Are you in tune with your Mind & Body?Heidi Hadley
Over the years many people develop injuries, undergo surgeries and encounter stress and health diagnoses which contribute towards added pressure and trauma to their SOMA or whole person. In today’s blog I am going to discuss how we can overcome this issue and I have provided a 45 minute detailed soma scan with arch and flatten to increase awareness to how your soma is moving, sensing and feeling.
Firstly I am going to discuss family dynamics. If you find it hard to sense, feel and notice sensory feedback from your body, you are not alone. The way you think, move, reason, speak and function is unique to you. But sometimes this can be a hindrance. We develop our idiosyncrasies from our upbringing as well as life events. Neuroscientists discovered the powerful effects of mirror neurons. Mirror neurons fire when an individual acts and the other person observes the action performed by them. As a result the neuron mirrors the behaviour of the other, as if the observer were acting itself.
So consider how this huge neurological influence could affect a person in so many ways. The way they walk for instance. Have you ever noticed a father and son walking side by side with an almost identical stride? Have you ever noticed the mannerisms of a family member looking almost identical to another family member, it is uncanny! This is all due to mirror neurons.
Consider your personality. Do you feel you have traits similar to your parents? Maybe you were raised to ‘push through the pain’ or ‘work through it and keep busy, it will go away.’ This stoical attitude can be a hindrance. We can become numb or dismissive to the sensory feedback our soma (whole person, including mind and body) are telling us. A client I have seen recently had endured a lot of stress and when I asked her to notice different areas during her soma scan, she informed me that she felt she had had a general anaesthetic from the neck down. This is a clear sign of self preservation or survival mode, it is a form of stress and trauma. She had become numb and living in her head, rather than experiencing and noticing all areas of her soma.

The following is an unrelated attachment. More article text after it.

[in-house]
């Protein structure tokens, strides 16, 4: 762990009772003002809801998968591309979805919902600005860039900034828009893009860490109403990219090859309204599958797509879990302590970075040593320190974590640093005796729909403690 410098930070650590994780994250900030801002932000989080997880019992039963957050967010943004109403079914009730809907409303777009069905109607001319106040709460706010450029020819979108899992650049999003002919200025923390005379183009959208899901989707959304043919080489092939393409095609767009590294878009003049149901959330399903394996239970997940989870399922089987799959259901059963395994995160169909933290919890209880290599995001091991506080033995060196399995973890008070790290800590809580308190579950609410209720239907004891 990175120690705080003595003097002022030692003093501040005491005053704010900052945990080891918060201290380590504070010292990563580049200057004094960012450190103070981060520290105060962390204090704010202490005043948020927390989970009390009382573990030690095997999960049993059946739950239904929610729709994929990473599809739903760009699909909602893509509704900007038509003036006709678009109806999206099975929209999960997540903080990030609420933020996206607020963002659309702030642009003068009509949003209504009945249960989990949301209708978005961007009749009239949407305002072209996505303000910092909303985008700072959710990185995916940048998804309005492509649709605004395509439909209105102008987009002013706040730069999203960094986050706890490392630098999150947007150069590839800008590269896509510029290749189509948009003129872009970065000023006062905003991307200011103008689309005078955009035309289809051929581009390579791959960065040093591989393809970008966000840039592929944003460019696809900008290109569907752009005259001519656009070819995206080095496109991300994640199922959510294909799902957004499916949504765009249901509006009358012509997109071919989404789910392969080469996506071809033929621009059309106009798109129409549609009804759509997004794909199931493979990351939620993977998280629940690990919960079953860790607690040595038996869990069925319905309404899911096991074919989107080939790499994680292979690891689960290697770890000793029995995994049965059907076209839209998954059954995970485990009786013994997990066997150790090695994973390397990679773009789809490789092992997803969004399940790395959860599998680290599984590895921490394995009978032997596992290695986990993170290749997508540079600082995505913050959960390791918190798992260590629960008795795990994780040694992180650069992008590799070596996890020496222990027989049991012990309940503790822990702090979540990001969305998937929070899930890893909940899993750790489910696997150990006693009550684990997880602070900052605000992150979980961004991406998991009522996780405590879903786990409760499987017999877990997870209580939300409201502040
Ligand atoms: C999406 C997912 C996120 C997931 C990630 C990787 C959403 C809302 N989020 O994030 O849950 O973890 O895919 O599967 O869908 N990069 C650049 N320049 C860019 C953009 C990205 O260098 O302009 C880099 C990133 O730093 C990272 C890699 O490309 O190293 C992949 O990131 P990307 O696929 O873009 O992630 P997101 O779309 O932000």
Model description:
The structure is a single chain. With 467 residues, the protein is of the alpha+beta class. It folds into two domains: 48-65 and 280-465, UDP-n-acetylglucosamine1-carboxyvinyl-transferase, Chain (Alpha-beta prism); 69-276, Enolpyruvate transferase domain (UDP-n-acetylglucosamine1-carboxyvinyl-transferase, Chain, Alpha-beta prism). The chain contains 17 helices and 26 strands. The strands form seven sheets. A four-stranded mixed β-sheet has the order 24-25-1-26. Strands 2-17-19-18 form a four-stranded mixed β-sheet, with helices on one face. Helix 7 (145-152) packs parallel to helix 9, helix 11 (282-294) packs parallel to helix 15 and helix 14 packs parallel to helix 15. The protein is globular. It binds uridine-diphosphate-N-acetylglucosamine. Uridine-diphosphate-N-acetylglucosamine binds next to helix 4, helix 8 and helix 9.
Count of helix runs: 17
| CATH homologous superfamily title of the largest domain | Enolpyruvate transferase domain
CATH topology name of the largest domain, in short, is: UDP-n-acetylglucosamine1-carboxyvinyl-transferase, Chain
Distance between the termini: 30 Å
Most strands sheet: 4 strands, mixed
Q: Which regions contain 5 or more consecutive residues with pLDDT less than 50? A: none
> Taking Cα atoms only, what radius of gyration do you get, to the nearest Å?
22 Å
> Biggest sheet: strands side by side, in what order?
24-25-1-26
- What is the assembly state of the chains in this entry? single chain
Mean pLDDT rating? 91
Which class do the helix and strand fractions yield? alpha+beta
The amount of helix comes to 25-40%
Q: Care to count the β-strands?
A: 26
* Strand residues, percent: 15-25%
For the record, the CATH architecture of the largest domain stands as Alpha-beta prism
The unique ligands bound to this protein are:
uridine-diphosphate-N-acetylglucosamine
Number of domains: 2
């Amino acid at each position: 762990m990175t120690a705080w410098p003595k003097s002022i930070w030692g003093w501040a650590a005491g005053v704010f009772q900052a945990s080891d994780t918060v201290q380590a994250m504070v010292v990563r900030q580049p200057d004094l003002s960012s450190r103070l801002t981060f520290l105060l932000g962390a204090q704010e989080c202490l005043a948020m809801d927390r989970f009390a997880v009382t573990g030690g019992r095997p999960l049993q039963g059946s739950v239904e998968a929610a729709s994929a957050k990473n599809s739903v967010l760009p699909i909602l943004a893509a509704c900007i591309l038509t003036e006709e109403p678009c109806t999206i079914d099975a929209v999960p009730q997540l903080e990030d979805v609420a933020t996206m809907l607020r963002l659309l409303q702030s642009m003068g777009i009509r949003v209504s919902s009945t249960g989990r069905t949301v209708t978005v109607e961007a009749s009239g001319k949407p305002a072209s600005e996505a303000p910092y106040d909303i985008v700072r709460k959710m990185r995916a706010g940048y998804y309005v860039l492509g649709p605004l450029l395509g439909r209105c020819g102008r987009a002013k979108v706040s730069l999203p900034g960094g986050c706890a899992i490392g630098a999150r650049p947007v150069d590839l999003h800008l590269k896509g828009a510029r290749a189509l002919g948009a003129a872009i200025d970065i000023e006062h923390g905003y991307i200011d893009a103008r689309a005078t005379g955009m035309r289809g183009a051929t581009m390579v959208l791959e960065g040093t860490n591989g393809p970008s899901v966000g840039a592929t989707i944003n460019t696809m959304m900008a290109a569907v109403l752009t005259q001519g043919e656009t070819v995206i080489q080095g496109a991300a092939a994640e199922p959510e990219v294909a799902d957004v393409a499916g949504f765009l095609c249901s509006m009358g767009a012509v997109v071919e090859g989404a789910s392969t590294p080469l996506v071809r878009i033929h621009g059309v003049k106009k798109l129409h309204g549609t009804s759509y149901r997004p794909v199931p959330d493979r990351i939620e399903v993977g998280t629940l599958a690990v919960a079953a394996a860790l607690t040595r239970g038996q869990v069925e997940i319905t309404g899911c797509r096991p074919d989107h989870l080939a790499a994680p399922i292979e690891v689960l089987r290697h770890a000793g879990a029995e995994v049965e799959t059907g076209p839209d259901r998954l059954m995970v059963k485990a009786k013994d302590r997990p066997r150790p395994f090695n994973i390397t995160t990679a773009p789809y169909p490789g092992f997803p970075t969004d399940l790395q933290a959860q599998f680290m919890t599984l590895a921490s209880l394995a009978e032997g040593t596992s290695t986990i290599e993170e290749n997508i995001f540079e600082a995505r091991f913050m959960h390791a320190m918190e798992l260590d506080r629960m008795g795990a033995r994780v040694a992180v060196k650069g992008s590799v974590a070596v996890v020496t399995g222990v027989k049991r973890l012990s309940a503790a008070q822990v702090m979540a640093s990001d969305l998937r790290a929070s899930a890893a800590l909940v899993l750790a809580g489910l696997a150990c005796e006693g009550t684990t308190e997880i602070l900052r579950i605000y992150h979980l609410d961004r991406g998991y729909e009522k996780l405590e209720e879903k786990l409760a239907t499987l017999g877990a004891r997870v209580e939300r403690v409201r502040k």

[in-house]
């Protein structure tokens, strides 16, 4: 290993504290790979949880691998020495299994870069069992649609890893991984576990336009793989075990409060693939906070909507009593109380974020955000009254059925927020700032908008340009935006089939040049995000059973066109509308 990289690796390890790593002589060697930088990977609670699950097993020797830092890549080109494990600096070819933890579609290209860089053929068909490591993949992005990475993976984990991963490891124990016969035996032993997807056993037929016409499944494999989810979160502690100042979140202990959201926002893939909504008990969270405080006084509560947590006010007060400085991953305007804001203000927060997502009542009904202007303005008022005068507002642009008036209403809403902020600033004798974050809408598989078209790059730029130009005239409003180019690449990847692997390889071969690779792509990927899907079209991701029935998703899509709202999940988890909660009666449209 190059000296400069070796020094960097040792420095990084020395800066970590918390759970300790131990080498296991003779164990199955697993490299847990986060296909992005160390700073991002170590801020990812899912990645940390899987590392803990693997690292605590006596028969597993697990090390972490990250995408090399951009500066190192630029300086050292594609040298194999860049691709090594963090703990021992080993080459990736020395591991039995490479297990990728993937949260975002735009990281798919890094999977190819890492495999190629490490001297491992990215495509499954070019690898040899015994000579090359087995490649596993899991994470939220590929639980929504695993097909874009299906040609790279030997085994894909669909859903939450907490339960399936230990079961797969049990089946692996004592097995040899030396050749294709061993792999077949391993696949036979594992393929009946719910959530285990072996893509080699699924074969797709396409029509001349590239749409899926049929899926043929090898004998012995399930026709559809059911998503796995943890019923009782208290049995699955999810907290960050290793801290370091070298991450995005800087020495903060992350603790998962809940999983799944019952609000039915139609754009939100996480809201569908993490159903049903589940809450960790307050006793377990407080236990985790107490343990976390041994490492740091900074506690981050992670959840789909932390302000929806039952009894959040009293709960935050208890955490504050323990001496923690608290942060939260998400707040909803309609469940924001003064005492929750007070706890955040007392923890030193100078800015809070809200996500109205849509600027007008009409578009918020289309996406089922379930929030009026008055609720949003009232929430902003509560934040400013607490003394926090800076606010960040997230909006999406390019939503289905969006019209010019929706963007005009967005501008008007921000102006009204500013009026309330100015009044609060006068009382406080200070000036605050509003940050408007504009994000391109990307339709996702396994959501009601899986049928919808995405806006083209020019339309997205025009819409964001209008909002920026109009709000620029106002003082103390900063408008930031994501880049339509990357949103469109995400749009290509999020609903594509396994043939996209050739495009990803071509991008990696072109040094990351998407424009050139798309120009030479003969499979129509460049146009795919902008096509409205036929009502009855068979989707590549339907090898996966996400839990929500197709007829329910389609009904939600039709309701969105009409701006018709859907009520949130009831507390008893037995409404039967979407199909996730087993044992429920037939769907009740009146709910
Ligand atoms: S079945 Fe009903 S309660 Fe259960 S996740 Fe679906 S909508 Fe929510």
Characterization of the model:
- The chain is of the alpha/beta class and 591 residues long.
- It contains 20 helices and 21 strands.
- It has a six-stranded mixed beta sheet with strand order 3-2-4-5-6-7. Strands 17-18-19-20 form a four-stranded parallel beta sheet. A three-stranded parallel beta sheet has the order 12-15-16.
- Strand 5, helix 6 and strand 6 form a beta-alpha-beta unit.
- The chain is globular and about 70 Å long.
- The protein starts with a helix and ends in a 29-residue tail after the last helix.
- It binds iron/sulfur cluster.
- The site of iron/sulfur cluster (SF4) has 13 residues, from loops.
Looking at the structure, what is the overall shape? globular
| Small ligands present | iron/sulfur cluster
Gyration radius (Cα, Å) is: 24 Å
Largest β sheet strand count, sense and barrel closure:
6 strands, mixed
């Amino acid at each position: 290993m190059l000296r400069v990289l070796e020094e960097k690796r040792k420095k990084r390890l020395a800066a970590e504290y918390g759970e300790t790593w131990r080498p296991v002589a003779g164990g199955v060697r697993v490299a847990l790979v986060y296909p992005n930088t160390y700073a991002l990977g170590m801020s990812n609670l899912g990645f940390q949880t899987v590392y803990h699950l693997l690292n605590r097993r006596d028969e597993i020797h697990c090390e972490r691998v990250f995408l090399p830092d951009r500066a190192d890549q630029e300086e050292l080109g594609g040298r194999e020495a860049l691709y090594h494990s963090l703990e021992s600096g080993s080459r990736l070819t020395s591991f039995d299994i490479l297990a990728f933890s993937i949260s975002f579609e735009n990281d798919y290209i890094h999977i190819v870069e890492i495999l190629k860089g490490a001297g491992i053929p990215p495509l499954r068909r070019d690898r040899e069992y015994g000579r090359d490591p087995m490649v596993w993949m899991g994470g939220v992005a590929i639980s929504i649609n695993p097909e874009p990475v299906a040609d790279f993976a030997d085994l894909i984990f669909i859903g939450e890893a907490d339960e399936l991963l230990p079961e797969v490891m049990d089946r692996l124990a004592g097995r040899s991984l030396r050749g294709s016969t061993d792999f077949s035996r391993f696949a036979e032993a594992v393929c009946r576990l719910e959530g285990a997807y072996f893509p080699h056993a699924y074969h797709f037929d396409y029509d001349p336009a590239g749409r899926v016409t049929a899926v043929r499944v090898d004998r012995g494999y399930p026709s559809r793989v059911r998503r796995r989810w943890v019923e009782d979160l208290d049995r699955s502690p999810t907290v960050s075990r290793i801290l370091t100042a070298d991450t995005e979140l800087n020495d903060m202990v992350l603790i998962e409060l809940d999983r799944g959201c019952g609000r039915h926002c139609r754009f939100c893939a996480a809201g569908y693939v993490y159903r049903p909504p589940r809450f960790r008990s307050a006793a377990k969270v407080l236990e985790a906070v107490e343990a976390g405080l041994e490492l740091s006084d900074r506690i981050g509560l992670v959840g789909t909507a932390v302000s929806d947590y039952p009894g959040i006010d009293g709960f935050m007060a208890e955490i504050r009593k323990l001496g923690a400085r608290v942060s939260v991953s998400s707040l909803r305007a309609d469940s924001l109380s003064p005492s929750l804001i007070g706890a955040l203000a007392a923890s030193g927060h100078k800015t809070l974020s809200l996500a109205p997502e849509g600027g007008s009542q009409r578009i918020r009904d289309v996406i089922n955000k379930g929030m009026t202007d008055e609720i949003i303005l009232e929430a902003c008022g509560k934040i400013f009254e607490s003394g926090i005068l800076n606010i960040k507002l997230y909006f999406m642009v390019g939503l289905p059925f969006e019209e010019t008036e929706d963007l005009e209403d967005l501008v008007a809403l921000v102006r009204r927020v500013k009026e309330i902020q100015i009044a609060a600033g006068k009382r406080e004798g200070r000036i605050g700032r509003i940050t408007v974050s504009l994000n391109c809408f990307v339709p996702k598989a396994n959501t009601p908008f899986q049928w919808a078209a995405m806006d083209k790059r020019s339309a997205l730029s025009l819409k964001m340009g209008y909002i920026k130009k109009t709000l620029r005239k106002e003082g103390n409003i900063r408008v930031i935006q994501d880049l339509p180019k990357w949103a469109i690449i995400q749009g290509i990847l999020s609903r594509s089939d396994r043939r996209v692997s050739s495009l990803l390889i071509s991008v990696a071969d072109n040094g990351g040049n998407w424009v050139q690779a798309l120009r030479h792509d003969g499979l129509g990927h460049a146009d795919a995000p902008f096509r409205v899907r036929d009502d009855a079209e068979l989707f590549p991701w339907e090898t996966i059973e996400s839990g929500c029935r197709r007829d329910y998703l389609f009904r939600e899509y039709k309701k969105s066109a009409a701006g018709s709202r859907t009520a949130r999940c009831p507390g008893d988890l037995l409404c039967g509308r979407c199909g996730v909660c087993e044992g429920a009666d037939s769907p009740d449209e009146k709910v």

To deal with this issue I broke down the soma scan and you will find some of the techniques I used with her on the audio at the end of this blog.
Injury, Surgery or Diagnoses
Sometimes an injury, operation or diagnosis can cause us to tighten up and become very hesitant and cautious about every movement that we do. Consider the arch and flatten movement that I cover in the audio. If you have spinal stenosis either in the lumbar, thoracic or cervical region, your muscles will be very tight. The spinal nerves become compressed and this can produce symptoms such as sciatica from lumbar stenosis. In turn any pain will cause fear and a further tightening up of muscles. When there is a ‘story’ or ‘history associated with pain’ in an area, quite rightly so a person will become apprehensive. But once they learn through somatic education that you can move this area mindfully with somatic movement and release chronically tight muscles, a person feels both educated and empowered in the area of their own physical, emotional and mental health and wellbeing.
“What if my stenosis, back pain or injury limits the amount of movement I can create?”
This type of question is asked a lot in somatics. Every soma is different. The trials, events, experiences and your own make up as a person is unique and that’s what makes us all so interesting.
So with the knowledge we have with somatic education, we know we approach the movements by listening to what our body is telling us. The tools or skills we acquire in somatics will help us work with our soma. Each day we will find our soma is different according to what we have endured in the past 24 hours since our last “software update’ with our personal somatics practise.
If you have very limited movement in your back, we are not wanting to ‘achieve goals’ by seeing if we can get an arch or flatten in our back. Rather we are wanting to see how our soma is working as a whole. You will notice in the audio I ask you to draw your public bone towards your ribs and ribs towards your pubic bone. You will notice I ask you to swell or release tension from your belly which will start to create an arch in your lower back.